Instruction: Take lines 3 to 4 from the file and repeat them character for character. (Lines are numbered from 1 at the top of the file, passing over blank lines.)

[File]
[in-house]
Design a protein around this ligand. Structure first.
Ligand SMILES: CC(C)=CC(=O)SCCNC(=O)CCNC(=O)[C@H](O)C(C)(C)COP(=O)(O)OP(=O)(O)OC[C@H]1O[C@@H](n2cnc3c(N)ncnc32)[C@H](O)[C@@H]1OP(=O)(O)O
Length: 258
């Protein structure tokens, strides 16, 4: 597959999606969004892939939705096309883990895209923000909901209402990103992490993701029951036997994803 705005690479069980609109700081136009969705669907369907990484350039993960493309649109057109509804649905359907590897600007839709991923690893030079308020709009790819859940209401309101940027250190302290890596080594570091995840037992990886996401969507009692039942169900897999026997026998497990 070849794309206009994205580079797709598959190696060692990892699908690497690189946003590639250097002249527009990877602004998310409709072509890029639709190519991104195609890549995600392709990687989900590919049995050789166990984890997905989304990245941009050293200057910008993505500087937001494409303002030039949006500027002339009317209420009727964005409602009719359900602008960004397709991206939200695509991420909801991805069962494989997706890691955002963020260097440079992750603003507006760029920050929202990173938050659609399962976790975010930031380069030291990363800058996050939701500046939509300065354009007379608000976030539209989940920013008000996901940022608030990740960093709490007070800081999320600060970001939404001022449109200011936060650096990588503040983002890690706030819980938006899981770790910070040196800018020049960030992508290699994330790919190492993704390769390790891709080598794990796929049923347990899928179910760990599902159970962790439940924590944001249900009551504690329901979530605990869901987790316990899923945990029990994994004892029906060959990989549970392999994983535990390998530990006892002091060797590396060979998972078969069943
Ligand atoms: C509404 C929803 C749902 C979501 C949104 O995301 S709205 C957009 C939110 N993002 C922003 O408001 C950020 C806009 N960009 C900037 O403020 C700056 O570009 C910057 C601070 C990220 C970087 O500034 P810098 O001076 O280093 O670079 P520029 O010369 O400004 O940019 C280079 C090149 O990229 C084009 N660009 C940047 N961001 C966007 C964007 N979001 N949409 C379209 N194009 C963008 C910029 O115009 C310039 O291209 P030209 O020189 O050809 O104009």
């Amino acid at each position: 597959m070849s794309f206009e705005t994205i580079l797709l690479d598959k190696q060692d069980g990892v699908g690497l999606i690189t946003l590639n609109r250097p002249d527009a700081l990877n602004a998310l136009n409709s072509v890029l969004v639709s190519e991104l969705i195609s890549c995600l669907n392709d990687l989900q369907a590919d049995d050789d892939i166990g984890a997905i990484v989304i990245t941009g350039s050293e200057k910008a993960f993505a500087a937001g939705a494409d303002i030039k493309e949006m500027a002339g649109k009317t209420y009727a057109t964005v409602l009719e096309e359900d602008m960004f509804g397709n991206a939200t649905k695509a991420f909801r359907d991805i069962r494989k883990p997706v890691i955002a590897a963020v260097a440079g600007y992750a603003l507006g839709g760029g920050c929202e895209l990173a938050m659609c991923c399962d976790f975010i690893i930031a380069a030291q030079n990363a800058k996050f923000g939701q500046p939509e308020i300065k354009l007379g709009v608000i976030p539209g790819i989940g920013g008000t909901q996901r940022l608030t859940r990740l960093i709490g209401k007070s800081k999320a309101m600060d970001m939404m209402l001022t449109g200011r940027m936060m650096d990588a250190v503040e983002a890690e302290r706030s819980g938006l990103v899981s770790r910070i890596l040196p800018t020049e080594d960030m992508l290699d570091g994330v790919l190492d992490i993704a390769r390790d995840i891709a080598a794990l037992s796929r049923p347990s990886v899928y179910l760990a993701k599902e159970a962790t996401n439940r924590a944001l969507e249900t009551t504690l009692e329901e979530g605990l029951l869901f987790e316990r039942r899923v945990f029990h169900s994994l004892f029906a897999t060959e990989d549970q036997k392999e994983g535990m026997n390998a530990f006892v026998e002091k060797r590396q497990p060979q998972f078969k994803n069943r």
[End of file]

Ligand SMILES: CC(C)=CC(=O)SCCNC(=O)CCNC(=O)[C@H](O)C(C)(C)COP(=O)(O)OP(=O)(O)OC[C@H]1O[C@@H](n2cnc3c(N)ncnc32)[C@H](O)[C@@H]1OP(=O)(O)O
Length: 258